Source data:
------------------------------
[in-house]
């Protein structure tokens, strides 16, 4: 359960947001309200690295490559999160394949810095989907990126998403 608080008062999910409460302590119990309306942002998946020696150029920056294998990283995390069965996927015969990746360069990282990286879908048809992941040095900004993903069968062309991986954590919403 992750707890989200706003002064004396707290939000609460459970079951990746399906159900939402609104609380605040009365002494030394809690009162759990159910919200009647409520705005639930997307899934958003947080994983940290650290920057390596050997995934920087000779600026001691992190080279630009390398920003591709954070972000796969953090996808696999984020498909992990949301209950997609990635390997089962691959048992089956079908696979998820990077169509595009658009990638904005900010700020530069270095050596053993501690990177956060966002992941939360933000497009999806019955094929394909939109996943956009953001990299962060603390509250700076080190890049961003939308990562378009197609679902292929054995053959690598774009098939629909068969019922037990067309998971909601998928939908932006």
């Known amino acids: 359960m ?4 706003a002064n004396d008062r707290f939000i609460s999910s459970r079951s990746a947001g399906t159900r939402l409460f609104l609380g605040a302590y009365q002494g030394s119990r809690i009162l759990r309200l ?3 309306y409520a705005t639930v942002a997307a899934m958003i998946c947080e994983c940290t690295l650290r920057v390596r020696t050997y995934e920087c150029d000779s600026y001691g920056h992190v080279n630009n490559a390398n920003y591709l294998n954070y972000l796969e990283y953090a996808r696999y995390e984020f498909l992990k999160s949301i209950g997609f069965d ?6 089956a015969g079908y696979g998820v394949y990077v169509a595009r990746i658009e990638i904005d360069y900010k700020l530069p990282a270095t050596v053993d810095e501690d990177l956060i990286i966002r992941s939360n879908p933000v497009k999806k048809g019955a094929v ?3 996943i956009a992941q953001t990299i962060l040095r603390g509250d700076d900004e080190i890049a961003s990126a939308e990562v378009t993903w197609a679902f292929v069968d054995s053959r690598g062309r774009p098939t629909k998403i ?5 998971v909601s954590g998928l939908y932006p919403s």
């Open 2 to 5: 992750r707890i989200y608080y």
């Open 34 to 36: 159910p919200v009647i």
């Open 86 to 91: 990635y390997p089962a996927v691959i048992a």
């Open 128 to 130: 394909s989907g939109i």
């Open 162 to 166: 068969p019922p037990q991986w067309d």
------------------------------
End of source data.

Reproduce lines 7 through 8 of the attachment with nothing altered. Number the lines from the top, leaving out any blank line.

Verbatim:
């Open 128 to 130: 394909s989907g939109i």
């Open 162 to 166: 068969p019922p037990q991986w067309d």